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The 3 keys to effective business process reengineering

The pressure to do more with less. The need to flex fast with change. The desire to streamline ways of working. These are some of the reasons why leaders look to business process reengineering as a means to stay competitive. Yet too many organizations struggle with where to start, what to focus on, and who to involve—and they end up with lackluster results. 

Our experience collaborating with organizations to transform and improve their business processes reveals three keys to effective business process reengineering: 


Let data insight be the compass 

Understanding the larger context around business processes is critical to identifying improvements. This context comes from collecting data that is naturally compiled through various functional activities.

Doing business process reengineering well begins with understanding and evaluating business processes through the lens of basic principles. Think of it like this. There are three types of process activities. Inbound activities receive information or work products. Processing activities produce, service, or refine work products. And outbound activities complete or deliver work products to the next stage.

ask yourself:

Have we identified all data collection opportunities across our functional activities to optimize our processes and improve decision-making?

Organizations can extract meaningful data across these processes to understand where—and why—breakdowns are occurring. For example, for inbound business processes, collecting data such as sender and recipient time stamps or occurrence of service level rejection rates can reveal opportunities to remediate workflows such as upstream bottlenecks. 

With a data-informed view of business processes, organizations can connect the dots to see the whole process. This full view exposes root causes that must be addressed to improve business processes. With data insight paired with informed subject matter context and detailed visualizations, organizations can do so much more. They can avoid overburdening processes with unnecessary prescriptive measures and begin pinpointing transactional activities that provide existing, yet unrealized, potential to automate, downshift, or eliminate low-value work. 


Uncover hidden best practices

In addition to this contextual performance data, organizations need to have the right conversations with the right people to understand how business processes are actually being executed.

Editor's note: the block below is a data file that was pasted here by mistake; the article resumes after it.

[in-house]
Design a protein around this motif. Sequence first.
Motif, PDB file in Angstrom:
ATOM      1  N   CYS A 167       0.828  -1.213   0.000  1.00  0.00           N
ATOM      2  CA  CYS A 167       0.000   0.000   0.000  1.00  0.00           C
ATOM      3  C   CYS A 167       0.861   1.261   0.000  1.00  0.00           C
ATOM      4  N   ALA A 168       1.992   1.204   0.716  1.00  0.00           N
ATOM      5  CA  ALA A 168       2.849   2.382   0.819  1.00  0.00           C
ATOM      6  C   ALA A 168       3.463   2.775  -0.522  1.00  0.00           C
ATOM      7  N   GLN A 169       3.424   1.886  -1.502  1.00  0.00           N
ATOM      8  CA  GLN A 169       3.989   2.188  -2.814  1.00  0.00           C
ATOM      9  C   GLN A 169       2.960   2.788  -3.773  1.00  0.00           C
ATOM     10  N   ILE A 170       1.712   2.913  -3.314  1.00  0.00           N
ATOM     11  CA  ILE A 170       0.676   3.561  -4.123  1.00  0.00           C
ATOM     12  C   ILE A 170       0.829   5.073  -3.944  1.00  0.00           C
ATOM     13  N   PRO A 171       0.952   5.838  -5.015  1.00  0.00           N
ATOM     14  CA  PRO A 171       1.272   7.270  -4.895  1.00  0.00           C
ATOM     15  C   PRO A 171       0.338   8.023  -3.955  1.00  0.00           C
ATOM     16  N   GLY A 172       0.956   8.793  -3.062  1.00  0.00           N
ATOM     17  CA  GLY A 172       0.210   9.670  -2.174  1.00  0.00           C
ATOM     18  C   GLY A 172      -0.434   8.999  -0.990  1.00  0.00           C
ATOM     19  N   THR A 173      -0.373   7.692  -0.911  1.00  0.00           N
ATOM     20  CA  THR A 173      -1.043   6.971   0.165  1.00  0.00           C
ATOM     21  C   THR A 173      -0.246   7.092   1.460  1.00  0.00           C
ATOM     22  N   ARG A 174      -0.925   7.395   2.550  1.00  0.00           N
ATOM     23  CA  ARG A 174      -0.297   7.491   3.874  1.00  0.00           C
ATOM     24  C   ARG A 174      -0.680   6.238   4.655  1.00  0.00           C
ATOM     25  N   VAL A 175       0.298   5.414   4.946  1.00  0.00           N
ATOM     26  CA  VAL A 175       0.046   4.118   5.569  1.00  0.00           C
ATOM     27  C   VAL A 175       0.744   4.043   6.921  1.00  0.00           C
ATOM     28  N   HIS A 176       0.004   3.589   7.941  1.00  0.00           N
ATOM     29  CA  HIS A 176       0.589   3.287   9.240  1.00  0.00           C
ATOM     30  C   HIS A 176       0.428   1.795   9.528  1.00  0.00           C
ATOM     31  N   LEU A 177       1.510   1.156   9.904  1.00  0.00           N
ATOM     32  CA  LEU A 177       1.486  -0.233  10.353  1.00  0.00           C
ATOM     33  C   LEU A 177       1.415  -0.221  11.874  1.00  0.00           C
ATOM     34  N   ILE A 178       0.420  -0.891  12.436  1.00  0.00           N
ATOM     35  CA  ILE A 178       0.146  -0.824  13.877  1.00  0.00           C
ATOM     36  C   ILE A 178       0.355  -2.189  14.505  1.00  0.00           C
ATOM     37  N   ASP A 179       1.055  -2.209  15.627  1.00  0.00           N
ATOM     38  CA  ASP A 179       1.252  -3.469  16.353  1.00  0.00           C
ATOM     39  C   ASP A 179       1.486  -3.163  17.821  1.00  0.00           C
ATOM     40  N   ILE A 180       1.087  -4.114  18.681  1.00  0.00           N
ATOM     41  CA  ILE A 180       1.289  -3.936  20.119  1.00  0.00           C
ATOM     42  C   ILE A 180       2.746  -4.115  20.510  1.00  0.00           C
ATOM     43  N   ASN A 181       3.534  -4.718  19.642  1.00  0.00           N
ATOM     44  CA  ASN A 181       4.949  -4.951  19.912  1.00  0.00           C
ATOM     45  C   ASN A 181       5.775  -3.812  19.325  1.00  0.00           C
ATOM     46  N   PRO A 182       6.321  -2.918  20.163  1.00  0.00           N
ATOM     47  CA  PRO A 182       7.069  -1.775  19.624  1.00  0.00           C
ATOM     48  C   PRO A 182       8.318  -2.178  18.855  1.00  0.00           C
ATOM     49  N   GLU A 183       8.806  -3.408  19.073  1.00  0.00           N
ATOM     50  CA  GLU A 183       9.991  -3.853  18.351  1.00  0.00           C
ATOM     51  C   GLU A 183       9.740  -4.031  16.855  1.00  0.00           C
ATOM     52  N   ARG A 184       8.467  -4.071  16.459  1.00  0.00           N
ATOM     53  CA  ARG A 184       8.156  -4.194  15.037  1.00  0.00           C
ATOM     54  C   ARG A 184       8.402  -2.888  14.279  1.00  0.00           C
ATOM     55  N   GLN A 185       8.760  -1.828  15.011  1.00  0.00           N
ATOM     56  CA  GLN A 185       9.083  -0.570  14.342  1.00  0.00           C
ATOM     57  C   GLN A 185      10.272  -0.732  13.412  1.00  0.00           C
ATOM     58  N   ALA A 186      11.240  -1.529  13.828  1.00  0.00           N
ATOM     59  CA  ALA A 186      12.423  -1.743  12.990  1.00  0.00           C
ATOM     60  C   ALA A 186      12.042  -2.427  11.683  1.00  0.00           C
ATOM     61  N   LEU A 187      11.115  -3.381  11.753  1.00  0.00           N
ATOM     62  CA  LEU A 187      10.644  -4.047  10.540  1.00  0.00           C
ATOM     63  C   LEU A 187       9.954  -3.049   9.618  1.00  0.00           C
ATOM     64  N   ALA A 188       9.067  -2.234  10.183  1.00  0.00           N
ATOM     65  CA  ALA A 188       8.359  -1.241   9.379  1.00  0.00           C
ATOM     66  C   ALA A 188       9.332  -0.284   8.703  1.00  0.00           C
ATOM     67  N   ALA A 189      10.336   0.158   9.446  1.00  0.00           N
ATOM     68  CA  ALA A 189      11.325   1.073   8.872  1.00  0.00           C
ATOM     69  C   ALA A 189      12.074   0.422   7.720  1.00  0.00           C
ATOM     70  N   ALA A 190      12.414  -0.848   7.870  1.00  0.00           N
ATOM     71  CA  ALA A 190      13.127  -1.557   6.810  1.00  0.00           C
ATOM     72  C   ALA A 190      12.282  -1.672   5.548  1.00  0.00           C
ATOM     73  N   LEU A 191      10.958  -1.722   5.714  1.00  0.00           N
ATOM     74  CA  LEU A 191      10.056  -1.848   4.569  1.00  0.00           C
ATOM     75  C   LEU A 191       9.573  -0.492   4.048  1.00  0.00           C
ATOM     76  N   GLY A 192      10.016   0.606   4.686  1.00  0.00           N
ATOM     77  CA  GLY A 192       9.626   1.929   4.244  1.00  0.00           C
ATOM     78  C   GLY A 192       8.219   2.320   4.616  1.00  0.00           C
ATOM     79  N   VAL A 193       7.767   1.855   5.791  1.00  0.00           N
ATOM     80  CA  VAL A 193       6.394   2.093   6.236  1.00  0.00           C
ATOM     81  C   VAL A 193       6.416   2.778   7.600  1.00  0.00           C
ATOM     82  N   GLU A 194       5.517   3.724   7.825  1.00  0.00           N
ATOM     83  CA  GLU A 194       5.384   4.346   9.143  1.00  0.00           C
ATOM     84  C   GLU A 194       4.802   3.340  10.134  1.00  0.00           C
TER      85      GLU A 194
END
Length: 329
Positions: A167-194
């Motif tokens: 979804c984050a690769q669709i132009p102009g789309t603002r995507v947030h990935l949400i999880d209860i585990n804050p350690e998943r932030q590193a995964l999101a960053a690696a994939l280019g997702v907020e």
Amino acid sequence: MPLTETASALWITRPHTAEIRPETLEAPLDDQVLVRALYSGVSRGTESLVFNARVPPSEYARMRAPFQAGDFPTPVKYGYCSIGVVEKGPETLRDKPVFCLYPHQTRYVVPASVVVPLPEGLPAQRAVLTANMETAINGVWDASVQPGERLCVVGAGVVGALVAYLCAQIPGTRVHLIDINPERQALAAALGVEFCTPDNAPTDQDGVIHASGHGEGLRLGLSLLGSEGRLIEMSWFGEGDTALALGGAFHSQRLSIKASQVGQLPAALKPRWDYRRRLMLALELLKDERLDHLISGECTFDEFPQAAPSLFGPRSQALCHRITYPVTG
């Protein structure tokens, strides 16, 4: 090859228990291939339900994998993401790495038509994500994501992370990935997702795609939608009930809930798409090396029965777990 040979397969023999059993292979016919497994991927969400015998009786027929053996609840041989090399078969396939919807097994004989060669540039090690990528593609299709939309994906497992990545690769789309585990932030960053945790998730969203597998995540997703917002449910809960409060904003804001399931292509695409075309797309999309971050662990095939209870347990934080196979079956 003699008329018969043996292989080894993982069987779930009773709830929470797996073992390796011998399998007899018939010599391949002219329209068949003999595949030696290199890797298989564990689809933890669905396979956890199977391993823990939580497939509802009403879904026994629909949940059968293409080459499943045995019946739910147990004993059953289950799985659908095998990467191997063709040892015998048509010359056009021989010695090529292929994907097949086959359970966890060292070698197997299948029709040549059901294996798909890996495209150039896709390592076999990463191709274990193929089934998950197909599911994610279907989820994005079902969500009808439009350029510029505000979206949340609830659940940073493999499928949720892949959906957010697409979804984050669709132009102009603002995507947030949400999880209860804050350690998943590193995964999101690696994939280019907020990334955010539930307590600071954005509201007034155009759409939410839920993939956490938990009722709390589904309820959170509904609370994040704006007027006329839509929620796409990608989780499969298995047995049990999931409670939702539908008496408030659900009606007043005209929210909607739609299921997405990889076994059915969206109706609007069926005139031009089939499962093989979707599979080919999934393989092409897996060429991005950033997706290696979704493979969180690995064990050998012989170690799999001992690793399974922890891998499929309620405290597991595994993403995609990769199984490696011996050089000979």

When most organizations focus on business process reengineering, they involve leadership and management. But these aren’t necessarily the people carrying out the processes every day. As a result, organizations can get a textbook view of their processes, rather than an honest one.

ask yourself:

Which employees can give the most accurate perspective on how processes are really being conducted?

This is why involving frontline staff in business process reengineering initiatives is key. This practice reveals inefficiencies that supervisors don’t know about—like the need for multiple system logins that waste time and cause frustration. By getting the frontline involved, organizations can discover organic “workarounds” that employees have developed over time. All of this offers a more nuanced understanding of business processes while creating goodwill among employees. This goodwill can help to foster buy-in to the process changes that leaders ultimately decide to make.


Think process before technology 

Organizations often rush to implement a technology tool or system assuming that the investment will automatically address many of their business process issues. When it doesn’t, they’ve squandered precious resources better spent developing a resilient foundation to avoid wasteful, counterproductive rework.

The reality is that technology is never the full answer. While technology can certainly eliminate steps, alleviate redundancies, and simplify user experiences, success hinges on what happens between employees and the interface. In other words, if your technology does not work for your people, your people will work for your technology. And it doesn’t matter how groundbreaking the tech has the potential to be; the desired change won’t happen. 

ask yourself:

Are we considering specific use cases of where this technology can alleviate manual activity?

Instead, organizations should assess their business processes before making technology-related decisions. They need a view of what’s happening today and what should happen tomorrow to support their strategy and align reskilling initiatives. Through feedback mechanisms and proactive planning, organizations can make more informed decisions about where they use technology to alleviate the burden of manual activity. This prevents them from investing in a system and continuing to have the same business process problems they were trying to solve at the start. 

Improving business process engineering is an art and a science. It’s a balancing act of orchestrating opposites: creating standards and enabling flexibility. Doing it well requires collecting data and acting on insights, understanding how processes are working in practice, and applying technology strategically. Commit to doing these things well and your business process reengineering efforts can position your organization to do more with less.